By: Charles Bowen
When it comes to anticipating The Next Big Thing, there’s always a question of whether our fickle readers will get excited about whatever we’re trumpeting. It has never been clear who sets “the agenda” for the American public; it is fairly obvious that it’s not always the newsroom. And, bully pulpit aside, it’s usually not the government either.
So with that handicapping in place, let’s make a prediction that there’s a pretty good chance Americans will get excited this year about Lewis and Clark. This year is the 200th anniversary of the launch of the explorers’ legendary Corps of Discovery and its three-year journey to explore the uncharted West.
In early 1803, at the direction of President Thomas Jefferson, captains Meriwether Lewis and William Clark left on an expedition westward in hopes of mapping a transcontinental water route to the Pacific Ocean. The rumored “Northwest Passage” was not found, but the data that did come from this historic trek changed the fledgling nation’s view of itself. Now the National Council of the Lewis and Clark Bicentennial has been created as a coalition of agencies to mark the 200th anniversary with activities all across the country.
At the group’s Web site, you can find the calendar for 15 signature events that trace the expedition’s route, beginning last month at Monticello, Jefferson’s home in Virginia, and ending Sept. 23, 2006, in St. Louis, Mo. Stops in between will include Fort Atkinson State Historical Park in Nebraska in July and August of 2004, where there will be an outdoor re-enactment of the meeting between the Lewis and Clark expedition and the Otoe and Missouria tribes; and Fort Clatsop National Memorial in Astoria, Ore., in November 2005, where, in 1805, Clark wrote in his journal that the Pacific Ocean was in view.
Learn more about this national observance by checking out http://www.lewisandclark200.org/, where the introductory page provides quick links to press releases, calendars, and travel ideas. The “Signature Events” option at the top of the navigation bar provides a nice mixture of history and tourist events, making it a must if your travel writer is planning a broad-view story.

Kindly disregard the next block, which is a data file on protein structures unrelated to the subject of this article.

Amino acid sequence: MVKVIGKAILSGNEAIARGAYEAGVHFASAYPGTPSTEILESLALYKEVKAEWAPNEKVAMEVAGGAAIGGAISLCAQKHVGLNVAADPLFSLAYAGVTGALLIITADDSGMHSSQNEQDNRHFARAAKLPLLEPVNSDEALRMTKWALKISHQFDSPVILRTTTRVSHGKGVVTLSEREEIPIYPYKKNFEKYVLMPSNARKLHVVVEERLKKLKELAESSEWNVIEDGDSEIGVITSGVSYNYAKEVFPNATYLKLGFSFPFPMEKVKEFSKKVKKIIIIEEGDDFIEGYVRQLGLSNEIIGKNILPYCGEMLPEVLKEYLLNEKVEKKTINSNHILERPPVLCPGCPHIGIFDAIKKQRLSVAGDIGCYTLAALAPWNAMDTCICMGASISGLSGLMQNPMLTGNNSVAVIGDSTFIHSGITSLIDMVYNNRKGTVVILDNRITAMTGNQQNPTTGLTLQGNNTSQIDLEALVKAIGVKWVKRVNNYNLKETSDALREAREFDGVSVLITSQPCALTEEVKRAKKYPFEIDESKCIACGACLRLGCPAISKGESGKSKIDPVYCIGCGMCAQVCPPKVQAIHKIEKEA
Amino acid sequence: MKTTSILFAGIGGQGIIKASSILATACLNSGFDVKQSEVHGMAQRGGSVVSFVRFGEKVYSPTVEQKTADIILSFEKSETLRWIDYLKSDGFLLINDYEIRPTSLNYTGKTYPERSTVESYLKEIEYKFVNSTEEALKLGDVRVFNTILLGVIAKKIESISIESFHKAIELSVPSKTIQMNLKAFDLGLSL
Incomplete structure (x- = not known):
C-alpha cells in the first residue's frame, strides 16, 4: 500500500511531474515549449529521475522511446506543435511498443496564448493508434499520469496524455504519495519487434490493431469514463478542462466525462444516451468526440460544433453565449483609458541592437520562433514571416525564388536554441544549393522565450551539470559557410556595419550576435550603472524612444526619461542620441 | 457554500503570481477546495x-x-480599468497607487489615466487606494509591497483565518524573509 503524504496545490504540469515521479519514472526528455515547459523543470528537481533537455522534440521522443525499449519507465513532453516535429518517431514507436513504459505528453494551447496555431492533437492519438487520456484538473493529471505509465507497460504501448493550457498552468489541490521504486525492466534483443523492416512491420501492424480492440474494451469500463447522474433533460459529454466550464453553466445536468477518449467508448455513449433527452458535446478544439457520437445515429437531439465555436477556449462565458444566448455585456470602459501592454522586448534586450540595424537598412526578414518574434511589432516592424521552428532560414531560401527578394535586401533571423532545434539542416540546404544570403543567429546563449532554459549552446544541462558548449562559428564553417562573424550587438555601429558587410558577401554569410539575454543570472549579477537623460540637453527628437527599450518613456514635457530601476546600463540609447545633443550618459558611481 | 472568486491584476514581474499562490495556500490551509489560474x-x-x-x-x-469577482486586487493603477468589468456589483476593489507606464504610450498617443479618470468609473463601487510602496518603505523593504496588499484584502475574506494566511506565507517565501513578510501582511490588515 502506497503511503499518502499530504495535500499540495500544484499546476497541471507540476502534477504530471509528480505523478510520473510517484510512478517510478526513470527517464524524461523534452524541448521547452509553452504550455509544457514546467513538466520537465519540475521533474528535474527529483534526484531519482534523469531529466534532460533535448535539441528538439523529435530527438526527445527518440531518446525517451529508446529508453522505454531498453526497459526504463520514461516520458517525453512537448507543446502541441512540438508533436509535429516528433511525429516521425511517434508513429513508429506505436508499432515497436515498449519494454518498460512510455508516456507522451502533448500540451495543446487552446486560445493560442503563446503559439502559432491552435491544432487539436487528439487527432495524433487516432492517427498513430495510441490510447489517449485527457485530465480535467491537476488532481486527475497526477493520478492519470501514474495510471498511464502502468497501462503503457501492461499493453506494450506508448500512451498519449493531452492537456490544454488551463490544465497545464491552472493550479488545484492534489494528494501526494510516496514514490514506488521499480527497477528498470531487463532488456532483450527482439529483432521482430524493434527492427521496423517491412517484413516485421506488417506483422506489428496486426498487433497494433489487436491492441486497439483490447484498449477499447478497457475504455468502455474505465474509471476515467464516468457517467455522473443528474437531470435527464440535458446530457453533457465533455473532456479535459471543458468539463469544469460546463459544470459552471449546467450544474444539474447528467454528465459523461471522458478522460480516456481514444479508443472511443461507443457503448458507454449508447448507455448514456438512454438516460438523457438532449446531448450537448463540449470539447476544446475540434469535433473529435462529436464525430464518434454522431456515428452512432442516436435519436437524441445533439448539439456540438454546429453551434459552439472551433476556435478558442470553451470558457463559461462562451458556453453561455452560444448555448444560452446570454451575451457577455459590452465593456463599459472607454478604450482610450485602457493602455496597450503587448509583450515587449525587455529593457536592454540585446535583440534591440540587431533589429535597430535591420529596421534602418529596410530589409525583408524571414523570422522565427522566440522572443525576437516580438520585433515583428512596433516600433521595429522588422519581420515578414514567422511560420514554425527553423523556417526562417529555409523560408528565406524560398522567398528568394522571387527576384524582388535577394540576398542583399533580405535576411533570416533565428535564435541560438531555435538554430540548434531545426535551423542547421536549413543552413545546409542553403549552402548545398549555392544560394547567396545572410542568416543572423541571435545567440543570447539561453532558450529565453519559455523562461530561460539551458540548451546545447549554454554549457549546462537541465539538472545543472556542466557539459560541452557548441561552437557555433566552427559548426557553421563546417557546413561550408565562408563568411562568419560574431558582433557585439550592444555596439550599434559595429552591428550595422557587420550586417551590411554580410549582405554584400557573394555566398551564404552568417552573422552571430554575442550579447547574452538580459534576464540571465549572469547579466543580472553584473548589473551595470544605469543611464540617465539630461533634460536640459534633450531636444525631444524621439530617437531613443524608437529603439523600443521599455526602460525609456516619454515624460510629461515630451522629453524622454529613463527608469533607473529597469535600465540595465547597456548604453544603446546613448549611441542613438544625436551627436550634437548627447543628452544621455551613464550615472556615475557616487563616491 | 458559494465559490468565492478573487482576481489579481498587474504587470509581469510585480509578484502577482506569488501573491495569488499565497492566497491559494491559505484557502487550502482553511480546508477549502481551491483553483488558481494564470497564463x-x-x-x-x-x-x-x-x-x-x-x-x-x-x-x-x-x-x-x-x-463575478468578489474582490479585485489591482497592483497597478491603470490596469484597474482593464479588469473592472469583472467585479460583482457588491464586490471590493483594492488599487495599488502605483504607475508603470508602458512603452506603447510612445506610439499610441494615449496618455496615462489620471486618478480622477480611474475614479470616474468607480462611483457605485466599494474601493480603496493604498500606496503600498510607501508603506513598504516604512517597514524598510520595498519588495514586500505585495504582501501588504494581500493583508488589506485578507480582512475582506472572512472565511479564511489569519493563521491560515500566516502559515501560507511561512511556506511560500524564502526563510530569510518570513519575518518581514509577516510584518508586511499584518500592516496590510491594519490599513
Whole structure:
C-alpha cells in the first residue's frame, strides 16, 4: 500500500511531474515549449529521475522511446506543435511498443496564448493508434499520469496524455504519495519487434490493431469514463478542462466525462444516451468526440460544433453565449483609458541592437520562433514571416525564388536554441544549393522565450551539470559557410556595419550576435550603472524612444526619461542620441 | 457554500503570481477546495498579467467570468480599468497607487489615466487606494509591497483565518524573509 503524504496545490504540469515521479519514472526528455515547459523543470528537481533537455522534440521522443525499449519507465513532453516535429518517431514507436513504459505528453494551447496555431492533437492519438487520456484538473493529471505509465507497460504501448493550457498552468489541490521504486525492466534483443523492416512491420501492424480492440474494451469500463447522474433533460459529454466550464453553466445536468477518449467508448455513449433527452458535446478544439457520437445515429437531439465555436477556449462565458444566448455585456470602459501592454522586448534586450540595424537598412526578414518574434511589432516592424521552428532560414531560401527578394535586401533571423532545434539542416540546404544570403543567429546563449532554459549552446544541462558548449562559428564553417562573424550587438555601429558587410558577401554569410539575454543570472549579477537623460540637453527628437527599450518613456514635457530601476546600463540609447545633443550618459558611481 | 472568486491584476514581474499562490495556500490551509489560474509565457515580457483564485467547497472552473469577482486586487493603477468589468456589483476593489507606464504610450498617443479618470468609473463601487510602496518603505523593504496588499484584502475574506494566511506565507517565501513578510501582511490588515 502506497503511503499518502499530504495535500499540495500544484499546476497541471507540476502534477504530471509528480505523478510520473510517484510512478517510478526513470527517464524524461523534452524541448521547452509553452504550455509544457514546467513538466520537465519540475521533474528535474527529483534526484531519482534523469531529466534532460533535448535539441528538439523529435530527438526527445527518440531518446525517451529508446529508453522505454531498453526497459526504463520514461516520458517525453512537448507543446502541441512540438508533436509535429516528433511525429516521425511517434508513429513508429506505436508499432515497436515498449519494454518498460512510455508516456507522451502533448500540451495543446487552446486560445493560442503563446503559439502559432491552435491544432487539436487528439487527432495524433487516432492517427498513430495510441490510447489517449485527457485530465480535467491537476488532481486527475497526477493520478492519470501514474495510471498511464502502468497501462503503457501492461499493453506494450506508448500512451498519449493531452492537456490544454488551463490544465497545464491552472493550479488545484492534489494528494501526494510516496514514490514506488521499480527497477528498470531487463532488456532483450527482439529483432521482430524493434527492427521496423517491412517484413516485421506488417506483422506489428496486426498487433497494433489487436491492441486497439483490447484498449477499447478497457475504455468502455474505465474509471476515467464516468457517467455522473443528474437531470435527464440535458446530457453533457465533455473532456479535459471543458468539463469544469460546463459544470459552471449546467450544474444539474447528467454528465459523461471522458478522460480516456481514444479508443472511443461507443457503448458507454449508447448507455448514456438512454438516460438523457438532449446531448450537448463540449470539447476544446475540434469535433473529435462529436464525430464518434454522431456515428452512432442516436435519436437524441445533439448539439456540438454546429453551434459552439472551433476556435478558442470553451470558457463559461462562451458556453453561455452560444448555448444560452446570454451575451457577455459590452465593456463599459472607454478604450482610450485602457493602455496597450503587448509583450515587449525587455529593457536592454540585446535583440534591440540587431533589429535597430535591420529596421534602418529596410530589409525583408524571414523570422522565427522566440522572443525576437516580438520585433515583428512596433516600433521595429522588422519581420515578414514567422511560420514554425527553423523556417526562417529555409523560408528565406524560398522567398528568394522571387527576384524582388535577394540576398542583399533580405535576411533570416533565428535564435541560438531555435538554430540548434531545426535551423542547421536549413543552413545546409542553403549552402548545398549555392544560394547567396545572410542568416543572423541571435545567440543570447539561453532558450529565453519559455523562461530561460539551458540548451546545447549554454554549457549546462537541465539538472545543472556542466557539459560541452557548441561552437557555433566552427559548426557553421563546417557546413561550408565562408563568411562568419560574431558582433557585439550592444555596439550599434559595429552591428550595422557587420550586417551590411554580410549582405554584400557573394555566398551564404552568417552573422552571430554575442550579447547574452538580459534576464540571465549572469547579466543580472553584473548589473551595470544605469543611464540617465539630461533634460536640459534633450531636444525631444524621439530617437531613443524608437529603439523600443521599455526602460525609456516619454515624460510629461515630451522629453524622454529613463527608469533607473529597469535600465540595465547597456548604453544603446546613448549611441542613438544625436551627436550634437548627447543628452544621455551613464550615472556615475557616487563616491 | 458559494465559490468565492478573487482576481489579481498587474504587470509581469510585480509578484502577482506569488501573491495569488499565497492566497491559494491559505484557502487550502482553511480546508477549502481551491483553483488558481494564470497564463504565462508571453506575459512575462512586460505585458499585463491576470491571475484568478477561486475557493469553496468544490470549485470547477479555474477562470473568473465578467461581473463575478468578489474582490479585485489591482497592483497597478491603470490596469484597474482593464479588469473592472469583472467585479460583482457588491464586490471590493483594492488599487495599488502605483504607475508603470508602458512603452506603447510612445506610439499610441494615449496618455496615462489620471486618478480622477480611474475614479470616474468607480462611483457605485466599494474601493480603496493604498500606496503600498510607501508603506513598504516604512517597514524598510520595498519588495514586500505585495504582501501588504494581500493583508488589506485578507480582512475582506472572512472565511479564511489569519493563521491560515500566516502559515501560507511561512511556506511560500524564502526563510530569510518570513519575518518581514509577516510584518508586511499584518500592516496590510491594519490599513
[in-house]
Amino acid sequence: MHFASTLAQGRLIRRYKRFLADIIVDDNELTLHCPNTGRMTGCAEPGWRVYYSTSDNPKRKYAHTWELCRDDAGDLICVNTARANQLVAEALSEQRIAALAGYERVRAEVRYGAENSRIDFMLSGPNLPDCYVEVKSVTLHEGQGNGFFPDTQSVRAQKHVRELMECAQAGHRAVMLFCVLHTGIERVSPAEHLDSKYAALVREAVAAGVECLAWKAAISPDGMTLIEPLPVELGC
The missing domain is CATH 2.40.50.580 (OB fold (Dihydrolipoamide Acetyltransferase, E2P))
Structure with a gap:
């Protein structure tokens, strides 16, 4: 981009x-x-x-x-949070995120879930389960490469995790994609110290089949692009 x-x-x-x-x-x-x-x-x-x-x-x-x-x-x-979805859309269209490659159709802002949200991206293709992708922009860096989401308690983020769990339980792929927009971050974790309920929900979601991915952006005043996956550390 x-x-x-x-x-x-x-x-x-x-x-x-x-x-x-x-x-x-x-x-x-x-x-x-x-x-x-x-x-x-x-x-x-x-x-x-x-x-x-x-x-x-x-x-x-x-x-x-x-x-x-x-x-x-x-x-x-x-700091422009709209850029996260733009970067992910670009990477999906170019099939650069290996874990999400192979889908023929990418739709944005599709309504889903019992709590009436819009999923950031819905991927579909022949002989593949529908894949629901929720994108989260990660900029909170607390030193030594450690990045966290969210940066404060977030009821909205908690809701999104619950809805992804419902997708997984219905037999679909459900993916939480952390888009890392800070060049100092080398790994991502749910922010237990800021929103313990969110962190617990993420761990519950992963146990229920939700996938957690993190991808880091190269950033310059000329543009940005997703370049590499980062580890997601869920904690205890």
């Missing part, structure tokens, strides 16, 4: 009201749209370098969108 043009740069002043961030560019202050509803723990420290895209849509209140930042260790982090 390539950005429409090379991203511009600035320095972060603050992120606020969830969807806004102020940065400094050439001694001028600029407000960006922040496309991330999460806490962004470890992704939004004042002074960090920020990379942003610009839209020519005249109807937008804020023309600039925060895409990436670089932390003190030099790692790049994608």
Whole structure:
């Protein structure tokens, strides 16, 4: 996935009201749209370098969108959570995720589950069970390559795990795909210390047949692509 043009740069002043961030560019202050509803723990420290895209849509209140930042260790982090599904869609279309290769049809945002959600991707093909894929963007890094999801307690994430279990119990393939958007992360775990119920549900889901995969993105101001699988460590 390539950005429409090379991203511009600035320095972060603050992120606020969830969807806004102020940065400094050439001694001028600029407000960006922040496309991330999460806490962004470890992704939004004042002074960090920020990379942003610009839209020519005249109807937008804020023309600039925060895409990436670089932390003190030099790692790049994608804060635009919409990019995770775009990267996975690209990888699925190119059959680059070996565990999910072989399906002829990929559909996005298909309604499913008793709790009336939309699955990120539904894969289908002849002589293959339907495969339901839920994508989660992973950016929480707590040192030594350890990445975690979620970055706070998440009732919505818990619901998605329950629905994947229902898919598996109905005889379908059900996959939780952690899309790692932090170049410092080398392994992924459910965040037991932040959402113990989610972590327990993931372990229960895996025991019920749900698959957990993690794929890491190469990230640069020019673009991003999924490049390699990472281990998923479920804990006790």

If you’re looking for events near your area, start by clicking the “Events Calendar” link. On the resulting page, you have options to search by date or state. With the latter, an interactive map enables you to zero in on regions of interest, seeing calendars of events already on the books.
Other considerations for using the official Lewis and Clark site in your writing and editing:
1. For travel writers, the “Traveling the Trail” link in the left column of the site’s pages will be especially useful. Clicking on it produces a screen of details on sights of interest in locations along the route taken by the explorers. For instance, there’s information on the gravesite of William Clark in St. Louis, the location of Fort Atkinson in Nebraska, where the adventurers held their first council with Native Americans, and the Sacajawea Monument in Mobridge, S.D.
2. Need to find someone in your region to quote for a story? Click the “Agencies & Contacts” link to find local adviser contacts in key states along the trail, with addresses, phone numbers, and e-mail addresses.
3. And for an overview of the site’s growing resources, click the “Site Map” link in the navigation bar of the introductory page.